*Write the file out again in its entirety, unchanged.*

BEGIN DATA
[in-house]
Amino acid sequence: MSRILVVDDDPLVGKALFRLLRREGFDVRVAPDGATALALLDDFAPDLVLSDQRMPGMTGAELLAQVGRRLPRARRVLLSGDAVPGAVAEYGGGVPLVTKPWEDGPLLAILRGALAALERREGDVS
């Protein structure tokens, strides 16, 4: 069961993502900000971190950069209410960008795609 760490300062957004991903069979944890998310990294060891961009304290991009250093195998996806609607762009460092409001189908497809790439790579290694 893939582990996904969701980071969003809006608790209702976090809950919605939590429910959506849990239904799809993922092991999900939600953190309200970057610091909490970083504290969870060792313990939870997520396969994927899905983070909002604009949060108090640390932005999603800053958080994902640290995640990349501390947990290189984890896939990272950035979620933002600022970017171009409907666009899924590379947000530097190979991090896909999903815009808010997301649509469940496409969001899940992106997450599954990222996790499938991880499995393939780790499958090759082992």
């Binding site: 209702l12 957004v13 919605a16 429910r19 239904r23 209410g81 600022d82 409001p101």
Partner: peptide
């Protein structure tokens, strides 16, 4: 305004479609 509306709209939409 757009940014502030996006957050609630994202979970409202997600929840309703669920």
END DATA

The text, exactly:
[in-house]
Amino acid sequence: MSRILVVDDDPLVGKALFRLLRREGFDVRVAPDGATALALLDDFAPDLVLSDQRMPGMTGAELLAQVGRRLPRARRVLLSGDAVPGAVAEYGGGVPLVTKPWEDGPLLAILRGALAALERREGDVS
């Protein structure tokens, strides 16, 4: 069961993502900000971190950069209410960008795609 760490300062957004991903069979944890998310990294060891961009304290991009250093195998996806609607762009460092409001189908497809790439790579290694 893939582990996904969701980071969003809006608790209702976090809950919605939590429910959506849990239904799809993922092991999900939600953190309200970057610091909490970083504290969870060792313990939870997520396969994927899905983070909002604009949060108090640390932005999603800053958080994902640290995640990349501390947990290189984890896939990272950035979620933002600022970017171009409907666009899924590379947000530097190979991090896909999903815009808010997301649509469940496409969001899940992106997450599954990222996790499938991880499995393939780790499958090759082992």
């Binding site: 209702l12 957004v13 919605a16 429910r19 239904r23 209410g81 600022d82 409001p101």
Partner: peptide
């Protein structure tokens, strides 16, 4: 305004479609 509306709209939409 757009940014502030996006957050609630994202979970409202997600929840309703669920």